I just finished reading “The Eternal Magic of Beirut”, an article by Michael Specter published on the NY Times. It’s one of the best articles I’ve read on Beirut in a long time.

Here are some of my favorite passages from the article but I highly recommend you read the whole thing.

On Beirut as a whole:

There is something singular about Beirut. It has one foot planted in the Middle East and the other in Europe, but it doesn’t quite belong in either place. Nothing seems permanent there; it is a perpetual transit point.

Perhaps alone among great cities, Beirut has earned, and manages to maintain, reputations both for wanton licentiousness and for utter terror. “There it stands, with a toss of curls and a flounce of skirts, a Carmen among the cities,” Jan Morris wrote in her great love letter to what she described as “The Impossible City.”

No other place could serve so effortlessly as a luxurious pit stop for rich Europeans, Arab royalty and celebrities like Richard Burton and Elizabeth Taylor. The cafes were filled with radical intellectuals, oil sheikhs and every kind of huckster.

On the ongoing crisis-mode we live in Beirut

Today, more than a million Syrian refugees have swarmed into the region, having fled the 10th-century carnage little more than 100 miles away. It is this constant tension that makes the city so hard to understand — and such a fascinating place to visit.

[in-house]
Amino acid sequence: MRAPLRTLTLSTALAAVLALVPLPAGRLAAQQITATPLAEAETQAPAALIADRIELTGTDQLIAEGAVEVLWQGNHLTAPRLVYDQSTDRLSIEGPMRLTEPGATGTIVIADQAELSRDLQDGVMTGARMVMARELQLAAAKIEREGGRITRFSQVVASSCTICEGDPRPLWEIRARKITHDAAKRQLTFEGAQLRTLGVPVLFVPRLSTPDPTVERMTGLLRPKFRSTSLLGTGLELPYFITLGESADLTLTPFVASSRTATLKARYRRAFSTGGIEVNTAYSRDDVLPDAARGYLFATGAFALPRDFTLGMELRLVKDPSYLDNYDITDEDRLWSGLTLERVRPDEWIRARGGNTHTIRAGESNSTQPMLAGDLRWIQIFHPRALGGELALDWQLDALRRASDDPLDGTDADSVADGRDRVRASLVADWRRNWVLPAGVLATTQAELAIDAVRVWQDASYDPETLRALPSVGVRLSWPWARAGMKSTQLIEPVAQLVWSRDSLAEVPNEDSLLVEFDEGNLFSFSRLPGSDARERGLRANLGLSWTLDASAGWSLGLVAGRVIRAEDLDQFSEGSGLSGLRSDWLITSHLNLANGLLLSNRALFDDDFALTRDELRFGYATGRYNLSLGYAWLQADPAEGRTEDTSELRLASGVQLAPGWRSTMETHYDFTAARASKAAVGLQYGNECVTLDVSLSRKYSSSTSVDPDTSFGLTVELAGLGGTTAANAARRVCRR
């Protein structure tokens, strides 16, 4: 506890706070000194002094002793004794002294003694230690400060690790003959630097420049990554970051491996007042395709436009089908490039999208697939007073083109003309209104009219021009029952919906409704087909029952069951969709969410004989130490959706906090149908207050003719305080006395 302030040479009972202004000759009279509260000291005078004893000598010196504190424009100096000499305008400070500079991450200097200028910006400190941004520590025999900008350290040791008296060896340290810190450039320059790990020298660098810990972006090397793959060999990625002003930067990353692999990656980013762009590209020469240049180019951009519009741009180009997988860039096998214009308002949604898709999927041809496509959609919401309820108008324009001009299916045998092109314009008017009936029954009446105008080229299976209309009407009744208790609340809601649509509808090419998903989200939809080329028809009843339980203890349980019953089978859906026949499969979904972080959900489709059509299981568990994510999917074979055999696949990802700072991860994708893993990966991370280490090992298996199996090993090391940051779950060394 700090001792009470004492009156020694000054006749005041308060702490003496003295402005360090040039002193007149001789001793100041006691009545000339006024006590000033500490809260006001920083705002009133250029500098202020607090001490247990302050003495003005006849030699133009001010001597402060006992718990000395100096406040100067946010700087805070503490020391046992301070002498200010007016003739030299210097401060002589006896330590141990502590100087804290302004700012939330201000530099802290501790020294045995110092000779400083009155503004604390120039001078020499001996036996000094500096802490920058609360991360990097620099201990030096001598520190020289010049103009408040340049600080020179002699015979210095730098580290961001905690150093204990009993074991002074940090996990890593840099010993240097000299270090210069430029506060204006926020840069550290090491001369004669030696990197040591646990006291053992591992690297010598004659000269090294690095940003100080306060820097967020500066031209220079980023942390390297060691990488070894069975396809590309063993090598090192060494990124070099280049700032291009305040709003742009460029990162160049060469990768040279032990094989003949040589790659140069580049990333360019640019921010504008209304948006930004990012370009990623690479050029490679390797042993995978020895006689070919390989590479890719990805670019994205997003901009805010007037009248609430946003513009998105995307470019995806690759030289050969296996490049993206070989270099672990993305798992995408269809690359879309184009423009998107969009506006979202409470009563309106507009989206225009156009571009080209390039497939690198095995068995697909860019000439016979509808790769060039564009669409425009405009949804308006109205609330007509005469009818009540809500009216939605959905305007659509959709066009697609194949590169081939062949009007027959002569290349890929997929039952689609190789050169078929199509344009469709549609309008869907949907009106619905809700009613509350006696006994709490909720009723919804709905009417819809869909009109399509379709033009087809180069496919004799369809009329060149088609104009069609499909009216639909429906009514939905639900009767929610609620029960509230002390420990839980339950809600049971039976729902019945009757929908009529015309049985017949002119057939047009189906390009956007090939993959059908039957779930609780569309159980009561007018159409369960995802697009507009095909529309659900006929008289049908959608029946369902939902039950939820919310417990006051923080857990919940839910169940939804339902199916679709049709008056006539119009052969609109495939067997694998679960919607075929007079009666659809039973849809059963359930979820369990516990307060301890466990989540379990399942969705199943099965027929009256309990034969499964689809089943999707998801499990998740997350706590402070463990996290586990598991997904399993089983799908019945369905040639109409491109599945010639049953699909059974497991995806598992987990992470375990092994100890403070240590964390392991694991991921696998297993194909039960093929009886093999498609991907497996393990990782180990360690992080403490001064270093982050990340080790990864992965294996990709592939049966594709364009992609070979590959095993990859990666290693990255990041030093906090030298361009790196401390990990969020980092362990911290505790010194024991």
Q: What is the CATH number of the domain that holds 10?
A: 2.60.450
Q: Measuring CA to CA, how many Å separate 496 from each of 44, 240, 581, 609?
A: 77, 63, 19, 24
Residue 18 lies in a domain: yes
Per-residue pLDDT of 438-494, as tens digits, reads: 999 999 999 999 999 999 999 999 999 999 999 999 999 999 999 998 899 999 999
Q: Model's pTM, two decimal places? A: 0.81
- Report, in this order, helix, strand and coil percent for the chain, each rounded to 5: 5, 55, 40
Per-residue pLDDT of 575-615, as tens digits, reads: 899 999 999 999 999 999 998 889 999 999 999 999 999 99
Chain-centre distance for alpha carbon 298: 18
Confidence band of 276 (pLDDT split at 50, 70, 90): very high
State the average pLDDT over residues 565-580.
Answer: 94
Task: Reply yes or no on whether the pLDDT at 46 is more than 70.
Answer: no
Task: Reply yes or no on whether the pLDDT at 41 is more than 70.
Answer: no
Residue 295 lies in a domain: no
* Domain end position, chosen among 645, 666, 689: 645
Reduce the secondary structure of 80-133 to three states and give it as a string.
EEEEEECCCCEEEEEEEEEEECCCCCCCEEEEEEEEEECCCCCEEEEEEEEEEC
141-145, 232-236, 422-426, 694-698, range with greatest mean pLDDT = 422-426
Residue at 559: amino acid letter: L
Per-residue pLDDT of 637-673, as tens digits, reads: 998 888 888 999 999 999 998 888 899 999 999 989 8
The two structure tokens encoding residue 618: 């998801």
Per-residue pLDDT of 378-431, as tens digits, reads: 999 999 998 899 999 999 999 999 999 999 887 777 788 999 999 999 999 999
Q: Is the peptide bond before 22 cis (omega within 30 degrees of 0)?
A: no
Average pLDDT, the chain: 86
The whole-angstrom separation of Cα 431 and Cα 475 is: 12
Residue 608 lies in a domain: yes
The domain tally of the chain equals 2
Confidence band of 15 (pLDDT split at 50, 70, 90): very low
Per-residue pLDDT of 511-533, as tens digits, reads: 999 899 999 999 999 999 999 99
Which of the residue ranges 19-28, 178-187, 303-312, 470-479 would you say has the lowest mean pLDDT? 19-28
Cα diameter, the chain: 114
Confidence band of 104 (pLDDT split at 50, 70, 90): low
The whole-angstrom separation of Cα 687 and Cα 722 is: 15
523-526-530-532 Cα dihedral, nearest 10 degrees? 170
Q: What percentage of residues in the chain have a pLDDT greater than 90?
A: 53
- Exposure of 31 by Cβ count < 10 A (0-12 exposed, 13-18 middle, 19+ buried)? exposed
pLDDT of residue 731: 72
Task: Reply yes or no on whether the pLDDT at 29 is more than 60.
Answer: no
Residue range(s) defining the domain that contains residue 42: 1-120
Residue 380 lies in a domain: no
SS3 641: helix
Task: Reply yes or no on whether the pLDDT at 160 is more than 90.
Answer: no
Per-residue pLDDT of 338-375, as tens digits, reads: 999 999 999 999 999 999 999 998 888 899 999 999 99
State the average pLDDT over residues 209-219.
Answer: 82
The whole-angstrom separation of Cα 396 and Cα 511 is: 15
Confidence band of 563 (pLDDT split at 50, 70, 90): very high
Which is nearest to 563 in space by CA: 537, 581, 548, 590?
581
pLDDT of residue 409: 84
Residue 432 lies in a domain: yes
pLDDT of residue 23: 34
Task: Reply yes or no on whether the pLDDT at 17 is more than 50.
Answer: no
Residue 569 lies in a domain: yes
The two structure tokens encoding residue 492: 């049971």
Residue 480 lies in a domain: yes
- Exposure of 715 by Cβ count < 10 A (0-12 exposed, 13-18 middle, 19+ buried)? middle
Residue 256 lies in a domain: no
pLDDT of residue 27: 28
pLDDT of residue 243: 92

On Leaving Beirut

I asked if she ever considered leaving the city where she has spent the bulk of her life. “Of course,” she said. “But I don’t, and I am pretty sure I never will. This kind of turmoil, this kind of volatility, this kind of precariousness … ” She let the thought drift for a while. “I don’t want to say that life in war zones forces us to be creative,” she continued. “I know that is banal. But Beirut is a demanding city, and that makes it vital and alive. And vitality produces greatness.”

Villa Clara’s French Chef Olivier Gougeon take on Beirut

“Here, there is total anarchy,” he explained, with a look of pleasure in his eyes. “Chaos. You have to fight on a daily basis for everything you get.” And like so many others I encountered, he regarded that daily struggle as a benefit rather than an obstacle. “In France everything is regimented,” he said. “There are hours and rules and long vacations. Here there are no days off. And very little rest. But we have something they no longer have: energy, desire and complete freedom.”

On Solidere and the new souks:

The (Beirut) souks today are filled with shiny objects and marble floors. It is a great place to buy moisturizer, a $10,000 handbag or a Patek Philippe watch. But the new souks have far more in common with the Mall of America than with the many Levantine bazaars that have dominated the Arab marketplace for thousands of years.

There are cleaners, banks, bakeries and restaurants threaded through the old residential blocks. The newest towers, many of which hover ominously above graceful old villas, are nothing but giant walls of glass. Many terraces have been replaced with windows that can’t even be opened. “Every one of these places is a gated community, a vertical gated community,” he said. “There are no shops, no public space, no place to chat.”

On the US travel warnings to Beirut

But on the alert went: “U.S. citizens traveling or residing in Lebanon despite this Travel Warning should keep a low profile, assess their personal security, and vary times and routes for all required travel.” I did none of those things — nor was any of it necessary. There are parts of Beirut that are clearly unsafe; but tourists don’t, as a rule, hang out in Hezbollah-controlled territory. The city I visited was peaceful, even serene, and nobody I spoke to suggested it wasn’t. The loudest noise usually came from the most energetic nightclubs.